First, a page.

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Updated Greenpeace Greener Guide

Greenpeace has just updated their "Guide to Greener Electronics."  There are a couple of interesting tibdits that I took from their report:

  1. They are really focusing on the phase out of BFR's and PVC from electronics.  They dropped HP and Dell down because they are loosening their timeline of BFR and PVC phase-out.  I find it interesting that they make no note of what the replacements should be.  This is concerning that the replacements could potentially be MORE toxic than what they are replacing.  It took years to fully characterize the situations where BFR's and PVC are of concern (dioxin formation and bioaccumulation).  In addition, all BFR's are not the same.  If companies are phasing out these materials, how can they do a full risk assessment of the replacements in one to two years?
  2. They have added Antimony (Sb) to their list of materials that need to be phased out.  This can be challenging for a number of soldering applications.  Component manufacturers have been using Sn/Sb alloys inside their components.  Sn/Sb is the highest melting point Pb-Free alloy that actually solders reasonably well (other than Au/Sn which is 1000x as expensive).  The component guys are using this so that those alloys are not remelting when that component is assembled in a SAC SMT process.  Eliminating Sb will create a number of assembly challenges as well as potentially significant reliability issues.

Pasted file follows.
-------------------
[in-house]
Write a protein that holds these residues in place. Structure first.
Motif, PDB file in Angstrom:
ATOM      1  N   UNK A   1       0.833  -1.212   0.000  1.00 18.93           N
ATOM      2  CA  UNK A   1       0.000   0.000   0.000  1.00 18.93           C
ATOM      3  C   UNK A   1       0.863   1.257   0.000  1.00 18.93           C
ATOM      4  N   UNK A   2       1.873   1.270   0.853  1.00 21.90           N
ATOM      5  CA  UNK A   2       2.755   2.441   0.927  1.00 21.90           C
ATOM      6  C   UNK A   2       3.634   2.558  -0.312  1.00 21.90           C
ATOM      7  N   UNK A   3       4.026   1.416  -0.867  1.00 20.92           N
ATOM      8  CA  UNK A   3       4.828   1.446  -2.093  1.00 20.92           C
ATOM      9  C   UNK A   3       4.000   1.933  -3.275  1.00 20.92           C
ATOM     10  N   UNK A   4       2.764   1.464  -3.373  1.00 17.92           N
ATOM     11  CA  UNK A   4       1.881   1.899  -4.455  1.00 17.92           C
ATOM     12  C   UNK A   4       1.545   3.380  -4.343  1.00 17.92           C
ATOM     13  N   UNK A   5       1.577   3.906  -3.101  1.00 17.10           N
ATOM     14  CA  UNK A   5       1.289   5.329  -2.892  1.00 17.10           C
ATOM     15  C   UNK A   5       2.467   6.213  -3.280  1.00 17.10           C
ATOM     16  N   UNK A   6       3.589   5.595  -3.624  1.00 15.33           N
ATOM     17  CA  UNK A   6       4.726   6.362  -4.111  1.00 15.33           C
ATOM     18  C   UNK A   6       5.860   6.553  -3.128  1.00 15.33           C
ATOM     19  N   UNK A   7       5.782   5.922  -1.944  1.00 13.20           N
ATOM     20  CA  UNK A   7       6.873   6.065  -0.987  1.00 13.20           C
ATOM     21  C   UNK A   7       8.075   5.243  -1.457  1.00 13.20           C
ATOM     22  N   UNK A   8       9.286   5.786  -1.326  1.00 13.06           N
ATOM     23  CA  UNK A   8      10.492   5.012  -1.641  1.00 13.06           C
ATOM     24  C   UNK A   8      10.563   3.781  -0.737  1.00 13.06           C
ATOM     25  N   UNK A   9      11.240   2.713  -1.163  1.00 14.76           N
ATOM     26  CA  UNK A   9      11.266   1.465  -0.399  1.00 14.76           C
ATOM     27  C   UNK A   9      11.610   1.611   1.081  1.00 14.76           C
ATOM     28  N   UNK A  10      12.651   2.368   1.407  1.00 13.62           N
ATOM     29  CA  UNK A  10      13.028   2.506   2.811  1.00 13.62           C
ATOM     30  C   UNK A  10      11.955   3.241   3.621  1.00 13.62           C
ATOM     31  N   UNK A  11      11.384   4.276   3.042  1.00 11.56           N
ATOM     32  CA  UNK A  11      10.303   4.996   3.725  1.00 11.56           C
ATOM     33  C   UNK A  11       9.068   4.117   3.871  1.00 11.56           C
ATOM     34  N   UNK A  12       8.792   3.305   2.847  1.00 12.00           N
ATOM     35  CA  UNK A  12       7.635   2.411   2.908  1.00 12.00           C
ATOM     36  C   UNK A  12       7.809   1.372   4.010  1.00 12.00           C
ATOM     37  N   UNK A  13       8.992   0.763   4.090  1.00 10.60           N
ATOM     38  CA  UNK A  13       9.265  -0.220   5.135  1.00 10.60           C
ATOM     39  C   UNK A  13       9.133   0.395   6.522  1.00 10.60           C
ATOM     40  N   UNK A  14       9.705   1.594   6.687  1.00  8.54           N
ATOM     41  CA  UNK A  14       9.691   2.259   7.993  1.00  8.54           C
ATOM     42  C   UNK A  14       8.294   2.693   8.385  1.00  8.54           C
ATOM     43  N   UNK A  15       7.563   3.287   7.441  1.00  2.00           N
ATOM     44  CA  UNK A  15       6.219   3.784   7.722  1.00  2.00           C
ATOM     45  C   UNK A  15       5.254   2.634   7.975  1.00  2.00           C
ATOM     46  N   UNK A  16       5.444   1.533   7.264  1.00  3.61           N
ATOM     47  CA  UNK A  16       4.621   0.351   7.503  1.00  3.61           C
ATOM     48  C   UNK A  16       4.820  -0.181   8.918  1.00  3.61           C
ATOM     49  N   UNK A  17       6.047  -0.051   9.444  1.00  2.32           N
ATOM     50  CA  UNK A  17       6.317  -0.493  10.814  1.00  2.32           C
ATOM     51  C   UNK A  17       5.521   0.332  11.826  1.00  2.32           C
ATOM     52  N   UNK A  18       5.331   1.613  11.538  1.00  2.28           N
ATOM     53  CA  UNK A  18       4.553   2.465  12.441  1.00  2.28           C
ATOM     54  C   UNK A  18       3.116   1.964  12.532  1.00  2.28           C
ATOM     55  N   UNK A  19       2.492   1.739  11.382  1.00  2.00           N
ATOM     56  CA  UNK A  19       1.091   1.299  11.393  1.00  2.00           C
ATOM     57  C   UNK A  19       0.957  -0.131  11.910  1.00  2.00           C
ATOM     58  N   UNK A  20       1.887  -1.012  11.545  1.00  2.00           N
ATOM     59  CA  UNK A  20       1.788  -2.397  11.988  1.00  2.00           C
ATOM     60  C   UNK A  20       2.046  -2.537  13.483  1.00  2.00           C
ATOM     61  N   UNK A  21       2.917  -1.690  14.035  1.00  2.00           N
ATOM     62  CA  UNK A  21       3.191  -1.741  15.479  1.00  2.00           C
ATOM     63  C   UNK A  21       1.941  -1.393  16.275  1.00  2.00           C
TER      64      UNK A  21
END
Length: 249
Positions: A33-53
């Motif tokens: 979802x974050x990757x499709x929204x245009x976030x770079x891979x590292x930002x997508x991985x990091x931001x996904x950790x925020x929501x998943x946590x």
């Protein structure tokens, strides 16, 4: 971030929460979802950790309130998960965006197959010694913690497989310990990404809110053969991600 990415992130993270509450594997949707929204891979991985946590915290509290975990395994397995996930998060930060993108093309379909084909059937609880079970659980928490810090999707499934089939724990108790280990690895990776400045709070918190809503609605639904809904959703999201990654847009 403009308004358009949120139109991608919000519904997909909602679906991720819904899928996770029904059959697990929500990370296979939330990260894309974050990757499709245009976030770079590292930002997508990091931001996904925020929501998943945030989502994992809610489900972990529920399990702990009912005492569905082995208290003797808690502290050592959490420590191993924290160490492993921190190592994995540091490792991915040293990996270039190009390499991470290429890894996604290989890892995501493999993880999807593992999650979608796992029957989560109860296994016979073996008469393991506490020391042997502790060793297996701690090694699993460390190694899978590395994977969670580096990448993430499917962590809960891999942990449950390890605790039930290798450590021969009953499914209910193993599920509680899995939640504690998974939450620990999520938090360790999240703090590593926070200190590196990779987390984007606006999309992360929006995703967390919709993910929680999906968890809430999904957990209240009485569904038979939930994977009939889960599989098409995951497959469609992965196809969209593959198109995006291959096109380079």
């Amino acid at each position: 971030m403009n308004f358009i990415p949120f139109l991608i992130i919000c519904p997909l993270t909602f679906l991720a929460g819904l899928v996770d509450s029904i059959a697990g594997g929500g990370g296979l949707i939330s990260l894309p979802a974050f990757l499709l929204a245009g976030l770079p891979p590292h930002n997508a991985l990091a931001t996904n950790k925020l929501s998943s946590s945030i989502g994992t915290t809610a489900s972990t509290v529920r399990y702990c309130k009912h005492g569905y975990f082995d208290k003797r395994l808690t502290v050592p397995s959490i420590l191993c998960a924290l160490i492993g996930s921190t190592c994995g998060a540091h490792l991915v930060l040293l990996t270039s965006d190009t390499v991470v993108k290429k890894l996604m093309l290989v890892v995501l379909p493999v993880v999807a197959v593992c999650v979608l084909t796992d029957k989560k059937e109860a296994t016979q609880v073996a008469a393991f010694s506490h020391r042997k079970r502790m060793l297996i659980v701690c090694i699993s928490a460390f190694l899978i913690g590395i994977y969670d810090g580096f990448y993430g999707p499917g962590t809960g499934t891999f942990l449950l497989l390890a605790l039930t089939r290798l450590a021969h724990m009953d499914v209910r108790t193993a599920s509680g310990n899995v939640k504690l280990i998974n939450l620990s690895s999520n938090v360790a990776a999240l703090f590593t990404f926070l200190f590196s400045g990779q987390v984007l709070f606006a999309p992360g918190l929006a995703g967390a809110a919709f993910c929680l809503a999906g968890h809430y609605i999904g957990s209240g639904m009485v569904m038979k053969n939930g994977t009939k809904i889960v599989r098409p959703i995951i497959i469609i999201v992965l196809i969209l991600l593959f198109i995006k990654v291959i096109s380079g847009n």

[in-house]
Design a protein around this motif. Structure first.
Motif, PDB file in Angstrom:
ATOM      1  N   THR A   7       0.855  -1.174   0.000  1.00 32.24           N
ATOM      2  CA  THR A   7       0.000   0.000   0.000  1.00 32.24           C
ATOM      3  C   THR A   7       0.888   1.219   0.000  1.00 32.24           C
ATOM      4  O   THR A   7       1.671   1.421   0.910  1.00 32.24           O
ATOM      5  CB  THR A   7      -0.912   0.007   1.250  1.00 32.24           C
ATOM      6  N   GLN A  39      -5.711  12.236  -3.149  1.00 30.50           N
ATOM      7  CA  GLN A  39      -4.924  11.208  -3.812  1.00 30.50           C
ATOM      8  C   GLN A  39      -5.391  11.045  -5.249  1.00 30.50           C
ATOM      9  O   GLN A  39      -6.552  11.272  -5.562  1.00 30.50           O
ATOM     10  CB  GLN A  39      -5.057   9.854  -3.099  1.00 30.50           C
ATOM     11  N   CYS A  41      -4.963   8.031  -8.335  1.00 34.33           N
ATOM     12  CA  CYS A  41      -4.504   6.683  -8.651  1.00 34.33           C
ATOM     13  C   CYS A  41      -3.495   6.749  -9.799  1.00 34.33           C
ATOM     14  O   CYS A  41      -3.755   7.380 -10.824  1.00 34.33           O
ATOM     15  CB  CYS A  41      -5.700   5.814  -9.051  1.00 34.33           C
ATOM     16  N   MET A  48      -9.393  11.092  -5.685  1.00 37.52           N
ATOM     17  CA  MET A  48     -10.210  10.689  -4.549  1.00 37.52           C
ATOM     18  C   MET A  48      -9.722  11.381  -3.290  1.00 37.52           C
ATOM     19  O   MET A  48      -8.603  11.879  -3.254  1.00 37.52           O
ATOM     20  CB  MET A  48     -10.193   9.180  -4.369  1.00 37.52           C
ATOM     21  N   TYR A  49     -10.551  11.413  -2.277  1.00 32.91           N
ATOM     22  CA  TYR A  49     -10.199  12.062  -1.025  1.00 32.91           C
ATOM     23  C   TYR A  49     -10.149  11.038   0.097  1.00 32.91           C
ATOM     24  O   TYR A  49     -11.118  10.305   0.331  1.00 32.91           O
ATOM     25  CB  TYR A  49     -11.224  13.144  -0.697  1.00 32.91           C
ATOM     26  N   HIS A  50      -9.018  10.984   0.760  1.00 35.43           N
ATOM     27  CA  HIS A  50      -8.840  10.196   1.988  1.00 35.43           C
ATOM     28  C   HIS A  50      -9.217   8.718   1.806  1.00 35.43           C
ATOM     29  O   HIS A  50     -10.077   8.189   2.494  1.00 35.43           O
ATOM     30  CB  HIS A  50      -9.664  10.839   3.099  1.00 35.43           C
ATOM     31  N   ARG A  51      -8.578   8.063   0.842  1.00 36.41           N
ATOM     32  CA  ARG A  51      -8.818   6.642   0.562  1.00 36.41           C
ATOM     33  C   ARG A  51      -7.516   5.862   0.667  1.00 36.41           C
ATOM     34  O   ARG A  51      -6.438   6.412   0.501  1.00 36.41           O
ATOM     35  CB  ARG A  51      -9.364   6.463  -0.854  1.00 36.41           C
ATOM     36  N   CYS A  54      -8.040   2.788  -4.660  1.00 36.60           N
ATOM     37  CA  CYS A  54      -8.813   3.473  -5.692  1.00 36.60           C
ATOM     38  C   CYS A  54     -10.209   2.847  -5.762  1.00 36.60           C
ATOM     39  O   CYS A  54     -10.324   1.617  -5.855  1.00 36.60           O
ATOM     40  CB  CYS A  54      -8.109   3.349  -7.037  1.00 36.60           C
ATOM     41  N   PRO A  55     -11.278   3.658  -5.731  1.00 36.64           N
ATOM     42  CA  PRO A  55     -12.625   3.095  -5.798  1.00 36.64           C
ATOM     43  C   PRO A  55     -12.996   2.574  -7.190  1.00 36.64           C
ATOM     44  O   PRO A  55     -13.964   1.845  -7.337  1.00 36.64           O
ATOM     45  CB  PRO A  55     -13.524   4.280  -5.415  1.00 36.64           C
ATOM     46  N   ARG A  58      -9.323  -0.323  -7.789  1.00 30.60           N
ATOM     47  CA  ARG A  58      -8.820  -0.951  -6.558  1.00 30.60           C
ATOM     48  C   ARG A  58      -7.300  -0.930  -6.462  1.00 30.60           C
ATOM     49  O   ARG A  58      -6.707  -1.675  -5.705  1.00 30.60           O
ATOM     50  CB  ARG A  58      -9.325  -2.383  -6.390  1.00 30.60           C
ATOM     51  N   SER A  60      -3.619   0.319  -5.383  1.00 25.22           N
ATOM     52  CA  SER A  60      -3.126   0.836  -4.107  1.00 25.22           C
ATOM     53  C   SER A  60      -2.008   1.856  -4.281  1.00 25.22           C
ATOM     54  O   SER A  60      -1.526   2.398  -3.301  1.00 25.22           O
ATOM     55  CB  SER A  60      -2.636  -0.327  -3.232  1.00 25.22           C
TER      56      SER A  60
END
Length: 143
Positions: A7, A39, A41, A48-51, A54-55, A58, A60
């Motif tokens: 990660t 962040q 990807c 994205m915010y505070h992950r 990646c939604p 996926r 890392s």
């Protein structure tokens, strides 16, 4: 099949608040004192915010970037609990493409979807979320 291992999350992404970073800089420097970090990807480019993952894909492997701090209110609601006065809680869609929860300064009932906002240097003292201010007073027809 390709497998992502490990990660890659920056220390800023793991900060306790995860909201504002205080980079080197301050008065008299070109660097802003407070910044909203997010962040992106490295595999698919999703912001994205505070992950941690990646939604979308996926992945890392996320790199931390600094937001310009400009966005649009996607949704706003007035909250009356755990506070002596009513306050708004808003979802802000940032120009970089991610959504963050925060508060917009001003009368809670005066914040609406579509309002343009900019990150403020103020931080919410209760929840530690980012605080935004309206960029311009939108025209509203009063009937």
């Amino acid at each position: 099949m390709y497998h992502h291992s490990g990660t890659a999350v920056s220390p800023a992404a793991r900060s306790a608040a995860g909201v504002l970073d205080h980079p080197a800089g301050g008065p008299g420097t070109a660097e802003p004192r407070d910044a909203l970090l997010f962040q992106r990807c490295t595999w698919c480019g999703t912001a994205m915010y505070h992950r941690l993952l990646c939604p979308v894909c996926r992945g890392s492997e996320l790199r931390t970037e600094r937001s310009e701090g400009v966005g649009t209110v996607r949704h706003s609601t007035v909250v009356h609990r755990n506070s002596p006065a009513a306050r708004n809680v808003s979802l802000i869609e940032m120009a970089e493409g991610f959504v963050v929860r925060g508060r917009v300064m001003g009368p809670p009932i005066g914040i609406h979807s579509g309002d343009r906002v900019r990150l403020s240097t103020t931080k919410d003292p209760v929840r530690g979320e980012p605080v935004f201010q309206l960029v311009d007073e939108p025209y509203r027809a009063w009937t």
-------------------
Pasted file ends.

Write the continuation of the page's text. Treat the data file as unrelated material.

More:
3. By reading the summary of the report, they praise Apple for phasing out virtually all BFR's and PVC.  However, their ranking is still in the bottom half.  I will write more about this one in a future entry.

I am all for designing electronics for the environment, but I think there needs to be more focus on the consequences of making those design changes.  Are the alternatives actually any better?  What is the impact on product reliability and functionality?